As the NY Post put it: “We’re baaaaaack”

Twitter backed down Friday in its battle with The Post and unlocked its main account after a two-week stalemate over the Hunter Biden exposé.

The move came after The Post refused Twitter’s demand that it delete six tweets that linked to stories that the company claimed — without any evidence — were based on hacked information.

The Post never budged, and kept the tweets on the account during the standoff — even as Twitter obscured them from view…

“While we’ve updated the policy, we don’t change enforcement retroactively. You will still need to delete the Tweets to regain access to your account,” a Twitter representative told The Post on Oct. 16.

From the moment the NY Post published the Hunter Biden story on Oct 14, Twitter clamped down completely on their account and prevented anyone from tweeting the story. At the time, the main excuse was that the site’s “hacked materials policy” mandated the crackdown. What Twitter couldn’t explain at the time, or indeed ever, was what evidence they had to suggest the material was hacked.

The Biden campaign cynically used Twitter’s decision to block the story as evidence it was false. Meanwhile, fact-checkers were criticizing Twitter for its vague and shifting explanation of its own policy. After this complete disaster unfolded, Twitter’s CEO announced a change to the hacked materials policy on the 16th but, as Ed wrote this morning, Twitter would only unlock the account if the Post would delete the emails which initially caused them to be locked. Given that the policy that had caused the account to be locked had been declared a mistake by CEO Jack Dorsey and changed, why should the Post need to delete the tweets to regain its account?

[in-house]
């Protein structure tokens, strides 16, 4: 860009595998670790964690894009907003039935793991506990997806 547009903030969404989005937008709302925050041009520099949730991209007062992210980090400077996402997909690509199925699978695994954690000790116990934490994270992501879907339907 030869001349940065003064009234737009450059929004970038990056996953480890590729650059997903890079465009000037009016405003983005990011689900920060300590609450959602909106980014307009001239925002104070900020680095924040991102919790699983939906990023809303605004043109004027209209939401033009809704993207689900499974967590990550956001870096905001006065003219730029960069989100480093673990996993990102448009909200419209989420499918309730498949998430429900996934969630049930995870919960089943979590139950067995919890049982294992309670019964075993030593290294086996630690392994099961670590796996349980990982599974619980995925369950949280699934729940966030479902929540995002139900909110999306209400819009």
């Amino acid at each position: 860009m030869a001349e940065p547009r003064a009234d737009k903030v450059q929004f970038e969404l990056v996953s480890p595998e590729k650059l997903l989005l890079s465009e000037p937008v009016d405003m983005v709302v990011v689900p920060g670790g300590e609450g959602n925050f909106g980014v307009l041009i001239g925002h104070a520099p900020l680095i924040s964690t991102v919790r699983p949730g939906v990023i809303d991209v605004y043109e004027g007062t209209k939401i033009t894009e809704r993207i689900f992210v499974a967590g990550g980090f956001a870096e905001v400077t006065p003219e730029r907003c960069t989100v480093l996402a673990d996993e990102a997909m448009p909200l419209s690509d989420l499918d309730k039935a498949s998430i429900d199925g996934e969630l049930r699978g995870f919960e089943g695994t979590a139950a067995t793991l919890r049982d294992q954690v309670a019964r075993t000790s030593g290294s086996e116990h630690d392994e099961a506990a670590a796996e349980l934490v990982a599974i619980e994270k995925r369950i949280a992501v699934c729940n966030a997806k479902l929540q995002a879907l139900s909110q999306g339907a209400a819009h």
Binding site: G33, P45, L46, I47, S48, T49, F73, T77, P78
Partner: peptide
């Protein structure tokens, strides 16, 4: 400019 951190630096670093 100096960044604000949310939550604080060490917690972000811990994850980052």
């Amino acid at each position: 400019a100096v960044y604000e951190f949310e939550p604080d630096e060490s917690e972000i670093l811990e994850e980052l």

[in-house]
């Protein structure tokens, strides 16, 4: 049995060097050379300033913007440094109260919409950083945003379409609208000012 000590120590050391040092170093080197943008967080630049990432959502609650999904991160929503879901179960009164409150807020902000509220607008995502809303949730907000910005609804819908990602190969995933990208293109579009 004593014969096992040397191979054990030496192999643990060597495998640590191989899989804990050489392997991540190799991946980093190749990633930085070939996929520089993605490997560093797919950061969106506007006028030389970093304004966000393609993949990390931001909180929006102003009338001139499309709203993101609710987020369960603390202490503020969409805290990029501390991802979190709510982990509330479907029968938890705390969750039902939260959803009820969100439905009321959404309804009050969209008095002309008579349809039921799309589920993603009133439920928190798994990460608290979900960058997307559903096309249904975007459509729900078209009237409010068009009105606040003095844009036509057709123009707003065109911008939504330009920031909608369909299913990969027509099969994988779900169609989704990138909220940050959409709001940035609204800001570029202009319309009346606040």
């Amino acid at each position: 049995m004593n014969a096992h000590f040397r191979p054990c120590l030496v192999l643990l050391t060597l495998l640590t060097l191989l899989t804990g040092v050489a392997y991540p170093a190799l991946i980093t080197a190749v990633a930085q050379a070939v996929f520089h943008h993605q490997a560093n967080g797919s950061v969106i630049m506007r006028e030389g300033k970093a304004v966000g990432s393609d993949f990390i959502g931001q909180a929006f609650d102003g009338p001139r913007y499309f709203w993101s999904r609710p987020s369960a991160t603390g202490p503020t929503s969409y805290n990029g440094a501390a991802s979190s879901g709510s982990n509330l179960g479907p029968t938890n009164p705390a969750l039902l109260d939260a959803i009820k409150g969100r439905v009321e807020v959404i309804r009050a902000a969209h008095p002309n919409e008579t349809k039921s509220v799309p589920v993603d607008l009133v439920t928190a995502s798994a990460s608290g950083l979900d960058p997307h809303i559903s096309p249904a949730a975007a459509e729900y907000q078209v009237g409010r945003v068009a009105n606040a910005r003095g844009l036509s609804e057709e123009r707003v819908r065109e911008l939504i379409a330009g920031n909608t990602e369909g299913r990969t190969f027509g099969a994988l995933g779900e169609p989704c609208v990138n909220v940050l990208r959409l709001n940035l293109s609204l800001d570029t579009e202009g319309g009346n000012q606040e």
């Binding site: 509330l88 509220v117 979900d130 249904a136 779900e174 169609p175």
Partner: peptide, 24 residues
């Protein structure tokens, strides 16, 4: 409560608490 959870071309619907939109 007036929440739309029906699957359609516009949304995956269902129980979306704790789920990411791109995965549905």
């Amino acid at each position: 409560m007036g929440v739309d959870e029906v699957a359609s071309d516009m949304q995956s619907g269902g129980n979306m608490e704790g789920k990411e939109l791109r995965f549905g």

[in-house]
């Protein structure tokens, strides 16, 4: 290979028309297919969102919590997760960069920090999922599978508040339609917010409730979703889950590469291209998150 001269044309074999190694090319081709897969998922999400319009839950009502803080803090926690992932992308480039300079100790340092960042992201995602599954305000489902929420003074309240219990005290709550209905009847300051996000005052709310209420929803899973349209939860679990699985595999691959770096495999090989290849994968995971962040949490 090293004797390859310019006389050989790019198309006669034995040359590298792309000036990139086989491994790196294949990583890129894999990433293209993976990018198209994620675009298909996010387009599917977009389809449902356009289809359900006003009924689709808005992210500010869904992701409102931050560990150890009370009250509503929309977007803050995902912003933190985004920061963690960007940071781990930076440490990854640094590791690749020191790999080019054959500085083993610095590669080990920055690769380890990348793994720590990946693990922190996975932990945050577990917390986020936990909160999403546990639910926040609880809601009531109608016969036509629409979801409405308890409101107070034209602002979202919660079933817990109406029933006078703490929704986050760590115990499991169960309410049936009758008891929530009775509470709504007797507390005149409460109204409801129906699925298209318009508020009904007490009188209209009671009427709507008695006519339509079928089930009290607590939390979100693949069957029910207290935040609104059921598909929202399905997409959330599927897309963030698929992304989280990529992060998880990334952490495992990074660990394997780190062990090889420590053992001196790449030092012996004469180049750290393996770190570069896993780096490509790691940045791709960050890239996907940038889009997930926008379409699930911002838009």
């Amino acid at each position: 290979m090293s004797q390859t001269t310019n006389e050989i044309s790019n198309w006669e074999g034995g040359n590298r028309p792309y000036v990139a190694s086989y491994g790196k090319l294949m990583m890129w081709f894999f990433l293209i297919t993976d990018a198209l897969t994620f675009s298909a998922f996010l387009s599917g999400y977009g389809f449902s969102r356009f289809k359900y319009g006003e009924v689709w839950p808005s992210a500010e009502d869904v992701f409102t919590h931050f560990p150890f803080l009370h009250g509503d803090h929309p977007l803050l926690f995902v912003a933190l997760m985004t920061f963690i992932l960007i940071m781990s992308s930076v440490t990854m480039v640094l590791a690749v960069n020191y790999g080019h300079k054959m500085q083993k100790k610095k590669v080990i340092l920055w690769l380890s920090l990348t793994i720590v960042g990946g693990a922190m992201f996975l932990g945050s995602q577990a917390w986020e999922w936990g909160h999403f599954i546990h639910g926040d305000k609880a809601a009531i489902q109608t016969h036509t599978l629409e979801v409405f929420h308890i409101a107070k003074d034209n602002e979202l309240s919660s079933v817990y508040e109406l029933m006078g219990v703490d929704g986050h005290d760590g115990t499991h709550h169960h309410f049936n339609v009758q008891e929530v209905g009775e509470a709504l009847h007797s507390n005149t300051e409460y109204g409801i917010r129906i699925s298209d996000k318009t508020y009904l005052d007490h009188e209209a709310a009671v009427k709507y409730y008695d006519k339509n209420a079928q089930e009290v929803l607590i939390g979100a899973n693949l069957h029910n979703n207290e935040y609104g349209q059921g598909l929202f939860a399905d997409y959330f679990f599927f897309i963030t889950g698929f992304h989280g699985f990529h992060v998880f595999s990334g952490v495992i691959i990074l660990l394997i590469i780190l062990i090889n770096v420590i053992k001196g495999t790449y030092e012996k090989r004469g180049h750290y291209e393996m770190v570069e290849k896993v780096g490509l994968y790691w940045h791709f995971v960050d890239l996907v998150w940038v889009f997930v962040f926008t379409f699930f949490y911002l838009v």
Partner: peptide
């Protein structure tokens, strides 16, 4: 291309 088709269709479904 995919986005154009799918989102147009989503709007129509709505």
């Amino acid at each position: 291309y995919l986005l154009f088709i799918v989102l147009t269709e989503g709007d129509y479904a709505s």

This morning CNN’s Jake Tapper suggested the paper could just delete the tweets and then tweet the same thing again:

That might have worked but it also would have communicated that the Post was willing to legitimize in some small way what Twitter had done to them. Honestly, I’m sure both the NY Post and Twitter felt it would be better if the other side would blink first, but Twitter had no legs to stand on. So today, Twitter finally admitted as much and once again announced a policy update. BTW, was this first tweet meant to be a veiled shot at originalism?

Not only was their policy a PR disaster for them, it provided a big boost for the Hunter Biden story and even for the Post’s Twitter account:

The Post gained about 190,000 followers while it was locked out of it’s account, a 10.6 percent increase in just about two weeks.

A tweet announcing The Post’s return to the social media site on Friday evening quickly went viral, racking up more than 17,000 retweets and close to 50,000 likes in about an hour.

It’s pretty clear that Twitter tried to deep-six this story so the fact that they reserved this retraction for a Friday night news dump is a pretty humiliating admission that their effort backfired in a big way.